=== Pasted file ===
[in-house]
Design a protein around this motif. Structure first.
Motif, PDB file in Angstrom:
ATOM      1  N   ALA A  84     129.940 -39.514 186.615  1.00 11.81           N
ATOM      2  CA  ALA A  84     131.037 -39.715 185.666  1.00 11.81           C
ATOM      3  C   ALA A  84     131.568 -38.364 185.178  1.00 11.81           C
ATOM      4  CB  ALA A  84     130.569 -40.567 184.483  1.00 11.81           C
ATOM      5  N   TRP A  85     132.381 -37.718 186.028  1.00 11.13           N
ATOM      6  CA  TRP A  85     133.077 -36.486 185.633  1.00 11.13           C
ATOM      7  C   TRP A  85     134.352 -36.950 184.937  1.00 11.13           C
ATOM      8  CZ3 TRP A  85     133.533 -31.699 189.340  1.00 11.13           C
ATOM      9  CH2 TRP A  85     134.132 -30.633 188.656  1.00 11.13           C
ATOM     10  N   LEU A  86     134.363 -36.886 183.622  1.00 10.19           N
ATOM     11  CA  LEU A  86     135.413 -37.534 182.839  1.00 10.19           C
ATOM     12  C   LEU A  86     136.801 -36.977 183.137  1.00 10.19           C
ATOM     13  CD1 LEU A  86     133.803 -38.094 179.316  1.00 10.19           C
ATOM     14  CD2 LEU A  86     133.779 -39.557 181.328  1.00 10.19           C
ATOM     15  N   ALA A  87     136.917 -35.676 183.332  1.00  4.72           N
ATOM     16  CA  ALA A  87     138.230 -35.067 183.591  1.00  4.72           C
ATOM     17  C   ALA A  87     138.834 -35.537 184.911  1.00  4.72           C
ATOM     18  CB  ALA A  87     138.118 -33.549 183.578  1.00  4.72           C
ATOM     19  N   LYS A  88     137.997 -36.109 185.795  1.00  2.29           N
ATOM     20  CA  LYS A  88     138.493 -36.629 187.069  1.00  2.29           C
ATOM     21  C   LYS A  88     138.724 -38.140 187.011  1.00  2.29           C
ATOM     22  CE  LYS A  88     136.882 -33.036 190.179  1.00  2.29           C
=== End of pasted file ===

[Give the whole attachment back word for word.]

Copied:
[in-house]
Design a protein around this motif. Structure first.
Motif, PDB file in Angstrom:
ATOM      1  N   ALA A  84     129.940 -39.514 186.615  1.00 11.81           N
ATOM      2  CA  ALA A  84     131.037 -39.715 185.666  1.00 11.81           C
ATOM      3  C   ALA A  84     131.568 -38.364 185.178  1.00 11.81           C
ATOM      4  CB  ALA A  84     130.569 -40.567 184.483  1.00 11.81           C
ATOM      5  N   TRP A  85     132.381 -37.718 186.028  1.00 11.13           N
ATOM      6  CA  TRP A  85     133.077 -36.486 185.633  1.00 11.13           C
ATOM      7  C   TRP A  85     134.352 -36.950 184.937  1.00 11.13           C
ATOM      8  CZ3 TRP A  85     133.533 -31.699 189.340  1.00 11.13           C
ATOM      9  CH2 TRP A  85     134.132 -30.633 188.656  1.00 11.13           C
ATOM     10  N   LEU A  86     134.363 -36.886 183.622  1.00 10.19           N
ATOM     11  CA  LEU A  86     135.413 -37.534 182.839  1.00 10.19           C
ATOM     12  C   LEU A  86     136.801 -36.977 183.137  1.00 10.19           C
ATOM     13  CD1 LEU A  86     133.803 -38.094 179.316  1.00 10.19           C
ATOM     14  CD2 LEU A  86     133.779 -39.557 181.328  1.00 10.19           C
ATOM     15  N   ALA A  87     136.917 -35.676 183.332  1.00  4.72           N
ATOM     16  CA  ALA A  87     138.230 -35.067 183.591  1.00  4.72           C
ATOM     17  C   ALA A  87     138.834 -35.537 184.911  1.00  4.72           C
ATOM     18  CB  ALA A  87     138.118 -33.549 183.578  1.00  4.72           C
ATOM     19  N   LYS A  88     137.997 -36.109 185.795  1.00  2.29           N
ATOM     20  CA  LYS A  88     138.493 -36.629 187.069  1.00  2.29           C
ATOM     21  C   LYS A  88     138.724 -38.140 187.011  1.00  2.29           C
ATOM     22  CE  LYS A  88     136.882 -33.036 190.179  1.00  2.29           C